So you are looking into getting a secondary suite sprinkler installed and are wondering how to determine the needs for such a system. We have produce this guide to help with the selection of the proper room size and to understand better the process involved.
After a home is built and lived in for years many owners decide to rent space in the home for extra income or other reasons. This allows for smaller and cheaper housing to become available on the market and gives more people the options for living independently. When this change is made many owners do not realize the implications that relate to building and fire codes. For a residential property this changes its designation from R-1 to R-2 (multi-family) and the needs of the property change in the eyes of code and safety. For over a decade now the City of Calgary has been developing a program to help increase the safety of a secondary suite within the City limits.
At the beginning of the program the requirements involved an installation that resembled a commercial sprinkler system. These initial systems were taken off of the incoming homes water at the water meter, passing through a backflow preventer (cross connection control device) and out to a steel piped system that fed one or more sprinkler heads. Systems were required to have flow switches and 120VAC bells installed on the property to alert occupants of a water flow condition. Maintenance costs of these setups and devices are high, involving annual visits to the property for testing of the flow switches and backflow preventers. Today this is not the case. We are able to install much less bulky systems that require little to not maintenance.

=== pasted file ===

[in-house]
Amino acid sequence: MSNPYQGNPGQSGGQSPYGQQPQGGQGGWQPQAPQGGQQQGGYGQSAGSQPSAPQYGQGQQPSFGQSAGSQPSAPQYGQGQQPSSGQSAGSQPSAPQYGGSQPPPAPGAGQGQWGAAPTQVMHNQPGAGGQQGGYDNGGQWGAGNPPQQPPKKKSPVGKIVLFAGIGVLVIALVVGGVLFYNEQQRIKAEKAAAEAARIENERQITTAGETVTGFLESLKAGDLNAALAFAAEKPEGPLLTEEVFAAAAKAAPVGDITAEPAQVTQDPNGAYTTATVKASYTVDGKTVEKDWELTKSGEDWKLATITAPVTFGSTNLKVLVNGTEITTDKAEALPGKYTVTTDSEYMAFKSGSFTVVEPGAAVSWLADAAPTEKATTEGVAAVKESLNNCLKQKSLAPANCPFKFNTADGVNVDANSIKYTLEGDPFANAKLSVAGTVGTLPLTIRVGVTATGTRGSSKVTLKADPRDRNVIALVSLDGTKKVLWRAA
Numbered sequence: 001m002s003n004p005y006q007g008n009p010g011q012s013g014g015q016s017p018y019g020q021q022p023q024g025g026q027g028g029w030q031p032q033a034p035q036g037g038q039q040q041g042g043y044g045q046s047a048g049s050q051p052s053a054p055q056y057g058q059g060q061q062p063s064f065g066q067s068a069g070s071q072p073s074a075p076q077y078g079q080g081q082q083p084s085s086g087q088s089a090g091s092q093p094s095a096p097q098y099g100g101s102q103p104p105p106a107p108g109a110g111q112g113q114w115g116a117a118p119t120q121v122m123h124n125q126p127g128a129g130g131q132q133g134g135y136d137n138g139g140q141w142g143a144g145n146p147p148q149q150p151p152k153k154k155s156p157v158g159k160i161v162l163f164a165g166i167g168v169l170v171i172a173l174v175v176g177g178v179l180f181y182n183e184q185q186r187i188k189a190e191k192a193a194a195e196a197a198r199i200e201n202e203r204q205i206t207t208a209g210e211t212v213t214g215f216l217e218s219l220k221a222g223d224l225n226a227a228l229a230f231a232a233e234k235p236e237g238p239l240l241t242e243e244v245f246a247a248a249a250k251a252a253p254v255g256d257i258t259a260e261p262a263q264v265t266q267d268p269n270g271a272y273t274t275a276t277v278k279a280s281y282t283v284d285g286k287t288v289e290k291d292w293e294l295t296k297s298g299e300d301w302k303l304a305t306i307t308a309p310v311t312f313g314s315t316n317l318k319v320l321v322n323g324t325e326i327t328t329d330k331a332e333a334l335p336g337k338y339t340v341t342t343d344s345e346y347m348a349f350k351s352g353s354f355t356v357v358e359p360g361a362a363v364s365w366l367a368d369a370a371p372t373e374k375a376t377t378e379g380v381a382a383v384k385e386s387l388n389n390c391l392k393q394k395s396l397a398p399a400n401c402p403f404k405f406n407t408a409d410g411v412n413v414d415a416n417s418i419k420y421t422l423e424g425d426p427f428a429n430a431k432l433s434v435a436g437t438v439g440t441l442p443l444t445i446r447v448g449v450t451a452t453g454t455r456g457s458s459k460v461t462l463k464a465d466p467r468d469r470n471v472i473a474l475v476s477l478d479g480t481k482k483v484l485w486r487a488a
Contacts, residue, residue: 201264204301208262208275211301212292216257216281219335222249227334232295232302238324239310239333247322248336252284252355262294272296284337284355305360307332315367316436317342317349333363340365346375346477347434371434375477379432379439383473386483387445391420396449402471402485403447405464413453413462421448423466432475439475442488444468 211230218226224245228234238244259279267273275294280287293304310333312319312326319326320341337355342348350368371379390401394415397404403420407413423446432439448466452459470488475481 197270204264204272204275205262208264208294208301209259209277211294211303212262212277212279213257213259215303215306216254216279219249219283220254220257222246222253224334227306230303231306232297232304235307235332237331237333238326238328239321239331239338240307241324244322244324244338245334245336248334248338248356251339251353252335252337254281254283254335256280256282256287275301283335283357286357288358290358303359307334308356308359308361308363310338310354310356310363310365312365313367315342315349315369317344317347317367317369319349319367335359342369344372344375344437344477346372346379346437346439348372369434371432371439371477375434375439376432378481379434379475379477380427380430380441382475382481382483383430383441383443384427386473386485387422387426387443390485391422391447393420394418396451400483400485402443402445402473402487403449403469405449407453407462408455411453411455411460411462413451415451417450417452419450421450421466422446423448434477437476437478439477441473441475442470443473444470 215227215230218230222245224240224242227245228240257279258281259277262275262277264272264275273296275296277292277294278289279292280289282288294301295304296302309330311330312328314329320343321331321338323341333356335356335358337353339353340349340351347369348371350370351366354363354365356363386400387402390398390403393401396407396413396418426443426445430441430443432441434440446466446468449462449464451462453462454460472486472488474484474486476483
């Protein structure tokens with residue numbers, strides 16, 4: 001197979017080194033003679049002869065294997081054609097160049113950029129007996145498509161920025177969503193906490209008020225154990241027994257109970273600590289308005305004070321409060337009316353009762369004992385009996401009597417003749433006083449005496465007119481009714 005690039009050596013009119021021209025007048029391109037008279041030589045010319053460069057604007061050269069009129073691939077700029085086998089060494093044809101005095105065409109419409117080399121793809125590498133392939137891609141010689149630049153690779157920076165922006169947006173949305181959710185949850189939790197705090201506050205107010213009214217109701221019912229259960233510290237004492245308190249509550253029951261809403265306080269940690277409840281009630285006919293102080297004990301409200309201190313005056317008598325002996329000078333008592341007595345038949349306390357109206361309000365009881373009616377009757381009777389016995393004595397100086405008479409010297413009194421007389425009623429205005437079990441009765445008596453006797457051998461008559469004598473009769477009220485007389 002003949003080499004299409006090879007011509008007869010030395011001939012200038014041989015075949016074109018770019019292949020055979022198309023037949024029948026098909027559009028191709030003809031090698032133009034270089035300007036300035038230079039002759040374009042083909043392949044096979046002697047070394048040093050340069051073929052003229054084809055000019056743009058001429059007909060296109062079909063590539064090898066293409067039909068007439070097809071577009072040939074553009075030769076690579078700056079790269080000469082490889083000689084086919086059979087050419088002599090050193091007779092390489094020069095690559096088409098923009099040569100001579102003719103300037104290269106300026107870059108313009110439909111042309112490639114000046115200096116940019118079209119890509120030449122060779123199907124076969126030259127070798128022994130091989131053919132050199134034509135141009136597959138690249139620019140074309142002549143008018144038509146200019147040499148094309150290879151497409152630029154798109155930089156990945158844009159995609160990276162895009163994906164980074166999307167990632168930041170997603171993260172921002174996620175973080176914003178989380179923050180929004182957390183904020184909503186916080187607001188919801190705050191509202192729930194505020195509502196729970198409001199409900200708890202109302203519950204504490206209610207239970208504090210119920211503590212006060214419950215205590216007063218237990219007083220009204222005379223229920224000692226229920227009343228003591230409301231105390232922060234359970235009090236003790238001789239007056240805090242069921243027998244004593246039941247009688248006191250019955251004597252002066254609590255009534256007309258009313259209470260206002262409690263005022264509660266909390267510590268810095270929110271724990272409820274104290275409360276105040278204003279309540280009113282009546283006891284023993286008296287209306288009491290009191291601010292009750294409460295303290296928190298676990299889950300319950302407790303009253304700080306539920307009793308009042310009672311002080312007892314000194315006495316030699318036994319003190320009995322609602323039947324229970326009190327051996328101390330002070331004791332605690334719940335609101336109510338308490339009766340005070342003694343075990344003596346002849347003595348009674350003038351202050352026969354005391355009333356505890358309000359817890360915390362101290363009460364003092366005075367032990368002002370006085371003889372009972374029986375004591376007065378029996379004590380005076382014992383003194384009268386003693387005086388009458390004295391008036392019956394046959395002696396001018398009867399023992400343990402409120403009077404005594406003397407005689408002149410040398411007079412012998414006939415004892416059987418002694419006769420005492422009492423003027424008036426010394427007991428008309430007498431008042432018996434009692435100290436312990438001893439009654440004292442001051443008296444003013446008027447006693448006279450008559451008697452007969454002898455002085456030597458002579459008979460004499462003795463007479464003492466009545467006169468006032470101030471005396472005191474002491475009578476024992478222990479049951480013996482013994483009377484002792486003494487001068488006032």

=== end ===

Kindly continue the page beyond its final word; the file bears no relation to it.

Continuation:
Furnace Room Sprinkler Systems Today…
The City of Calgary has made changes to this program over the years to lower the expense and increase the ability to bring safer cost effective housing to the City. Technology has also changed over the years and so have the systems. With modern materials and design we are able to give all of the protection of the older systems without the very high expense and maintenance of the older ones.
Today we use modern PEX (Cross Linked Polyethylene) pipe or Copper pipe that does not have the contamination problems that steel pipe have with potable water (Drinking Water) systems removing the need to have backflow preventers on these sprinkler systems.
Todays systems are of a “flow through” design and have water continuously available for the system to use for fire fighting capability. The maintenance needs of the system are minimized, limited these days to ensuring that over the years the sprinkler system does not develop a minor leak. An extremely unlikely scenario with today materials. No need for flow switch testing or maintenance, backflow testing and registration.
What do I need?
You may have noticed that the City of Calgary allows for drywalling and fire taping of the space OR the installation of a sprinkler system including one or more sprinkler heads to protect the furnace room space. What does this exactly mean for you??
Drywall and Fire Taping
For the drywalling and fire taping solution you are required to install a solid layer of drywall on all surfaces of the furnace room including all walls and the ceiling that is fully taped and sealed with mud. Any remaining holes are to be sealed with fire caulking.
Much of the time this will require the removal and lowering of mechanical systems such as the heating and ventilation (HVAC) ducting, water lines, along with sewer and ventilation piping. This process can be extremely expensive and involves many trades to complete all of this work.